Bible Readings for August 14th

1 Samuel 4 | Romans 4 | Jeremiah 42 | Psalm 18

In 1 Samuel 4, Yahweh brings three major forms of judgment against the people of Israel. First, when the Israelites bring the ark of the covenant out in battle with them against the Philistines, Yahweh hands them over to defeat, and the Philistines capture the ark (1 Sam. 4:11). Second, Hophni and Phinehas are put to death in battle just as Yahweh had promised in 1 Samuel 2 and 3 (1 Sam. 4:11). Third, when Eli hears the news of these first two judgments, he falls backward from the gate where he was sitting, breaks his neck, and dies (1 Sam. 4:18). These judgments are not random; rather, God’s people reap exactly what they have sown.

Israel’s specific sin in this chapter is that they treat the ark of the covenant as a magic wand, thinking that bringing it to battle will draft Yahweh into battle to fight for them (1 Sam. 4:3). In this thinking, Israel makes their decision based on two half-truths that amount to one deadly lie. First, they are correct in believing that they need Yahweh to fight for them, since the title LORD of hosts (1 Sam. 4:5) is not describing Yahweh’s ability to host a dinner party or social event but rather indicates that he commands the armies (the hosts) of heaven. Second, they are correct that Yahweh sits enthroned upon the cherubim of his ark (1 Sam. 4:4). Their mistake, then, comes from believing they can drag Yahweh around and sic him like a dog on their enemies. Yahweh had promised to fight for his people if they would ask him to, but he refuses to be treated with contempt in this way.

In fact, God is not giving Israel a stone when they ask for bread. Rather, Israel has requested a stone, and God gives them a stone. They are treating Yahweh’s glory with contempt, so Yahweh allows his glory to depart from their midst altogether, which is why Phinehas’s wife names their son Ichabod, meaning “no glory,” since “The glory has departed from Israel” (1 Sam. 4:21). The same is true for Eli. He did not want to discipline his sons himself, so Yahweh did it for him by putting Hophni and Phinehas to death—and then by putting Eli himself to death. Very often, when God gives us what we want, we discover that what we have desperately sought actually qualifies as judgment.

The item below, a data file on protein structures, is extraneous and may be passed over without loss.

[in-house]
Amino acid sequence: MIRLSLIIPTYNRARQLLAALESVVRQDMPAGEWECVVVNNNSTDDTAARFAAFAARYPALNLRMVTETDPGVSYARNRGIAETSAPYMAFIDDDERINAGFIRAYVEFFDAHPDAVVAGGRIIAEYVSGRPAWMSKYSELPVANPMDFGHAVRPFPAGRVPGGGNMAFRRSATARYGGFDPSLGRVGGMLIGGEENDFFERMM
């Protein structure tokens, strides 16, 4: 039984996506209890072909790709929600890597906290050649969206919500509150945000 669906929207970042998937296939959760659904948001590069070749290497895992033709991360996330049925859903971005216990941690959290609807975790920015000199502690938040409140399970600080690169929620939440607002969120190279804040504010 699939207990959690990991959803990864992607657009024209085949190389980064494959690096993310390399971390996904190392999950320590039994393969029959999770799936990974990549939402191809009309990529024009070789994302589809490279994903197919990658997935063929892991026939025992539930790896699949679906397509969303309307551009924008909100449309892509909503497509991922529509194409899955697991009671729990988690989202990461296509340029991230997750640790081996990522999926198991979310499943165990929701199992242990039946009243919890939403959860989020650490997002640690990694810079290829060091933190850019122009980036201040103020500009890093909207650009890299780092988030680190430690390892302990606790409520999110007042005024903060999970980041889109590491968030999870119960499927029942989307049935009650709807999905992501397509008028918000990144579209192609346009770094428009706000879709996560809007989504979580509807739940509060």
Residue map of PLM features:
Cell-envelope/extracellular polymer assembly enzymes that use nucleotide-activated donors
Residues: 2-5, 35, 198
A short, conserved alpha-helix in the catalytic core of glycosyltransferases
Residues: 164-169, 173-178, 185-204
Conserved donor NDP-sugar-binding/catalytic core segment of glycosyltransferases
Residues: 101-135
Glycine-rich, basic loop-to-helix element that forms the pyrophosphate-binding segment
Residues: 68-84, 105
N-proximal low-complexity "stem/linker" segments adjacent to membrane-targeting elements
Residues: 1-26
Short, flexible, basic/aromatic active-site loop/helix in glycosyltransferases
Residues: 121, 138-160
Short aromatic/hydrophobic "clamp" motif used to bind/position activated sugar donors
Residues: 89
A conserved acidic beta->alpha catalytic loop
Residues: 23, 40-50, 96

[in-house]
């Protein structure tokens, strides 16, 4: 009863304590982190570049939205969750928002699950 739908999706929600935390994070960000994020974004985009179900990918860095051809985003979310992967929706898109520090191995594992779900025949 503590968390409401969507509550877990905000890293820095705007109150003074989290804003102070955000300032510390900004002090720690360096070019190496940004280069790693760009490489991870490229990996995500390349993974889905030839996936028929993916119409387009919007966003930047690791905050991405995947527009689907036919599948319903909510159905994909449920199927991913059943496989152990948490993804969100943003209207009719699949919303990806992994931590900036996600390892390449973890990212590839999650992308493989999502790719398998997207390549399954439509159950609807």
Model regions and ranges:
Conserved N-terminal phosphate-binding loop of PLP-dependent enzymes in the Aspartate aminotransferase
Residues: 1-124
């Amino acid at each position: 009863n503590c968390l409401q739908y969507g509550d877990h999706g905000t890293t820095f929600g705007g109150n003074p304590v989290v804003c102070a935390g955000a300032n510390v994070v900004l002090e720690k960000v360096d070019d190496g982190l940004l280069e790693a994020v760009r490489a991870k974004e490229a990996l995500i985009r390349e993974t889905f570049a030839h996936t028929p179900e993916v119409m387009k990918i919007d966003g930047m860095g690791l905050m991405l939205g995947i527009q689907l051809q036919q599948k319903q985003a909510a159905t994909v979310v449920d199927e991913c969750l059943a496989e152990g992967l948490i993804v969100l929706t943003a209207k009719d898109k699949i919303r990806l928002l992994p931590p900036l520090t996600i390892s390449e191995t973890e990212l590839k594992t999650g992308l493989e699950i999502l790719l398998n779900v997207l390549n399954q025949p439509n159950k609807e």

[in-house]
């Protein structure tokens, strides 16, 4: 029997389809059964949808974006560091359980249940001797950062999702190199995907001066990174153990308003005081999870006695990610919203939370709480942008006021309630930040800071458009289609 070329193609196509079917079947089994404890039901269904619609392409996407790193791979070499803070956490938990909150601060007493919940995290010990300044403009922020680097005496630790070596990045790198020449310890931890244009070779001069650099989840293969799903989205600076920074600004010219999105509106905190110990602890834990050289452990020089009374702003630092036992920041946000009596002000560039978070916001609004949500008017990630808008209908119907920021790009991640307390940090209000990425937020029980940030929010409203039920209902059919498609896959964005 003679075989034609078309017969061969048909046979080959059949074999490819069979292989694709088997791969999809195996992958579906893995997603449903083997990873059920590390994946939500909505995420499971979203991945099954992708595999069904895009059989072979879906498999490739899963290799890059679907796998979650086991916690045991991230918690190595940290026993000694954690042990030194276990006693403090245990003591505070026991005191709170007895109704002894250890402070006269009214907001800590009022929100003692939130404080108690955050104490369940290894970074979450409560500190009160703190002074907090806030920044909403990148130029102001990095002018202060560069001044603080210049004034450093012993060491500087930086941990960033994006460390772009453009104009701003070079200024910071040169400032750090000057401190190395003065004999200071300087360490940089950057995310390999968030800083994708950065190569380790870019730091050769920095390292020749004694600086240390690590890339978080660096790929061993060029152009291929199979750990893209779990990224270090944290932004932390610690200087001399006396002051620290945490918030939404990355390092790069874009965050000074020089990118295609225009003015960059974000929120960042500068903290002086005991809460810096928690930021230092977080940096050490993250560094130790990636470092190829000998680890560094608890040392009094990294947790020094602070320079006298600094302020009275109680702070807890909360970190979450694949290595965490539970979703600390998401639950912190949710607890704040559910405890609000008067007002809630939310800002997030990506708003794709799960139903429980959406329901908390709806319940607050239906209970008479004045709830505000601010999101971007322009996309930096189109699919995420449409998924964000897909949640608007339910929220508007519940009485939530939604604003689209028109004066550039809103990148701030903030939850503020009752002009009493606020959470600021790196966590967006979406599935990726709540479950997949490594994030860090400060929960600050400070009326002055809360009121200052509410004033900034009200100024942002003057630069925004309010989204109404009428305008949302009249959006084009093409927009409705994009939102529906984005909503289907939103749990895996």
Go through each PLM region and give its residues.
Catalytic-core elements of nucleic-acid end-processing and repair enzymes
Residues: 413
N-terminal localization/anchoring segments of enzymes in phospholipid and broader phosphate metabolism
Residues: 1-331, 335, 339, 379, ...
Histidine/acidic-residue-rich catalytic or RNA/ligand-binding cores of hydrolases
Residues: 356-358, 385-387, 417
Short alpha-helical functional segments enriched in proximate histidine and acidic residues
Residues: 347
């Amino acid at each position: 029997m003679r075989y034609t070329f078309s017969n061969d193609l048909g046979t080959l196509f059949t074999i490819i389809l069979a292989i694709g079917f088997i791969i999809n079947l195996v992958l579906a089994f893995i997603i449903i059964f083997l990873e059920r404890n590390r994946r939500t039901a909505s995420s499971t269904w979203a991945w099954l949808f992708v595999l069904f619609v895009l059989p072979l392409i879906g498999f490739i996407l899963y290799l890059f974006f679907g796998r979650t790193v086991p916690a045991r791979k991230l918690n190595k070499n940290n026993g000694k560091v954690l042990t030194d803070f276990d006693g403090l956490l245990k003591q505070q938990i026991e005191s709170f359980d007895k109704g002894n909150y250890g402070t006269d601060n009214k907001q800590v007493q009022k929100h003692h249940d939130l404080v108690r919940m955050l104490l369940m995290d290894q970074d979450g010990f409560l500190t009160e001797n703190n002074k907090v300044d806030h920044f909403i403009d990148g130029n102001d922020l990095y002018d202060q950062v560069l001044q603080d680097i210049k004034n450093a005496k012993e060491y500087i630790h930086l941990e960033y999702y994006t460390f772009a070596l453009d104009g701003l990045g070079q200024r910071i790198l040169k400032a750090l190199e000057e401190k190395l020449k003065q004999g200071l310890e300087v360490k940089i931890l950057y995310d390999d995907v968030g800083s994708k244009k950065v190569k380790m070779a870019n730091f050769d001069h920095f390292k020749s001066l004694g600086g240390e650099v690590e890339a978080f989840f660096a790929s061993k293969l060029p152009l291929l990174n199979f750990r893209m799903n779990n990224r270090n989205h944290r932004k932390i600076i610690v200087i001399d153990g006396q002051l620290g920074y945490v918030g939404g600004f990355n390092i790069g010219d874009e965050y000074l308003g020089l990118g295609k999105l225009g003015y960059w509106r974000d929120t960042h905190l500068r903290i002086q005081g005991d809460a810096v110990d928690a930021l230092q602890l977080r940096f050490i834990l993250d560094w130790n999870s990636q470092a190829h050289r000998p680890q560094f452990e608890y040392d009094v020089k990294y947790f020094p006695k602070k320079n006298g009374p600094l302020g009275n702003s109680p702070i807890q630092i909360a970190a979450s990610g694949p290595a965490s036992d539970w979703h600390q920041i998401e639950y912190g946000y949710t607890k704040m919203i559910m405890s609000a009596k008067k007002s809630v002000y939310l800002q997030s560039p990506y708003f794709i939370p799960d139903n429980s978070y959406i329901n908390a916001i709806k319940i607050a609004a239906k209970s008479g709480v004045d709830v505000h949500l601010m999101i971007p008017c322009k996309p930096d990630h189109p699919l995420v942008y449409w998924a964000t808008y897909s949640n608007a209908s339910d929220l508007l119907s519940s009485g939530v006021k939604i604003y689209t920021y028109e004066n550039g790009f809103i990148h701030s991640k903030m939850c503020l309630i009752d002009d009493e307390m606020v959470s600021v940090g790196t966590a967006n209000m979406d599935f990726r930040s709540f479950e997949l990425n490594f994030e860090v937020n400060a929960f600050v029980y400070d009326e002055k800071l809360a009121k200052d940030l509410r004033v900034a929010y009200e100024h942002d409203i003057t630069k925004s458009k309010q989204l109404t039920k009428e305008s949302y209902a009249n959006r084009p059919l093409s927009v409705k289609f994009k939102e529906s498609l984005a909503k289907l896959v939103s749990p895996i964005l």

The question, then, is this: What do you want? As C. S. Lewis rightly noted, “There are only two kinds of people in the end: those who say to God, ‘Thy will be done,’ and those to whom God says, in the end, ‘Thy will be done.’ All that are in Hell, choose it.”1 Do you want Jesus and his righteousness, or do you want the hell of your own sin?

1 C. S. Lewis, The Great Divorce (New York: HarperCollins, 2000), 75.

Scripture quotations are from The Holy Bible, English Standard Version copyright © 2001 by Crossway Bibles, a division of Good News Publishers. Used by permission. All rights reserved.

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